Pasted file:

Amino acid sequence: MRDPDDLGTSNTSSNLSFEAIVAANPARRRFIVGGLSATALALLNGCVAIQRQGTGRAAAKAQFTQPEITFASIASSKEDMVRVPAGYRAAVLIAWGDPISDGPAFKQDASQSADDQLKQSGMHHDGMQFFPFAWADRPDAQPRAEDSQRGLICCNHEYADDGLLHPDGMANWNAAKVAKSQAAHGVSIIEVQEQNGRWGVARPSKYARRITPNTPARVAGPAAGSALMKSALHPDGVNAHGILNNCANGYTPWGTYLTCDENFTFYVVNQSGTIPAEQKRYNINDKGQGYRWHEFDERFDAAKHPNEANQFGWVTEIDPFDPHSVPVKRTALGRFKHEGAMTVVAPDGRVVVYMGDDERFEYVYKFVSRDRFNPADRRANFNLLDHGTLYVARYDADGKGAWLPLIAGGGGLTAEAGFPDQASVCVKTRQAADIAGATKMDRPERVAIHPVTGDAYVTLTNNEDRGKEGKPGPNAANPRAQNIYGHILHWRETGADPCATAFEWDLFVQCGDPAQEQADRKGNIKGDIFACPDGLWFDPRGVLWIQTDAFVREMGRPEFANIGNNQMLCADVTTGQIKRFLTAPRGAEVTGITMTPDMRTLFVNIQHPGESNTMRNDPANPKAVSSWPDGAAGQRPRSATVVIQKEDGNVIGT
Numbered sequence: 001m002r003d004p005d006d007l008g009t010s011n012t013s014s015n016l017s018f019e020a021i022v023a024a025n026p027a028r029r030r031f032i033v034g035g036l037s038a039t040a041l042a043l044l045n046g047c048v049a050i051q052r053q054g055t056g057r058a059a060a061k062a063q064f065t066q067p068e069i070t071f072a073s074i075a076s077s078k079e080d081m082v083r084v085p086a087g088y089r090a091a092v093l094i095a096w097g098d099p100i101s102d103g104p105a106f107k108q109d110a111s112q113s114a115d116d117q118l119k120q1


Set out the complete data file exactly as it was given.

Amino acid sequence: MRDPDDLGTSNTSSNLSFEAIVAANPARRRFIVGGLSATALALLNGCVAIQRQGTGRAAAKAQFTQPEITFASIASSKEDMVRVPAGYRAAVLIAWGDPISDGPAFKQDASQSADDQLKQSGMHHDGMQFFPFAWADRPDAQPRAEDSQRGLICCNHEYADDGLLHPDGMANWNAAKVAKSQAAHGVSIIEVQEQNGRWGVARPSKYARRITPNTPARVAGPAAGSALMKSALHPDGVNAHGILNNCANGYTPWGTYLTCDENFTFYVVNQSGTIPAEQKRYNINDKGQGYRWHEFDERFDAAKHPNEANQFGWVTEIDPFDPHSVPVKRTALGRFKHEGAMTVVAPDGRVVVYMGDDERFEYVYKFVSRDRFNPADRRANFNLLDHGTLYVARYDADGKGAWLPLIAGGGGLTAEAGFPDQASVCVKTRQAADIAGATKMDRPERVAIHPVTGDAYVTLTNNEDRGKEGKPGPNAANPRAQNIYGHILHWRETGADPCATAFEWDLFVQCGDPAQEQADRKGNIKGDIFACPDGLWFDPRGVLWIQTDAFVREMGRPEFANIGNNQMLCADVTTGQIKRFLTAPRGAEVTGITMTPDMRTLFVNIQHPGESNTMRNDPANPKAVSSWPDGAAGQRPRSATVVIQKEDGNVIGT
Numbered sequence: 001m002r003d004p005d006d007l008g009t010s011n012t013s014s015n016l017s018f019e020a021i022v023a024a025n026p027a028r029r030r031f032i033v034g035g036l037s038a039t040a041l042a043l044l045n046g047c048v049a050i051q052r053q054g055t056g057r058a059a060a061k062a063q064f065t066q067p068e069i070t071f072a073s074i075a076s077s078k079e080d081m082v083r084v085p086a087g088y089r090a091a092v093l094i095a096w097g098d099p100i101s102d103g104p105a106f107k108q109d110a111s112q113s114a115d116d117q118l119k120q1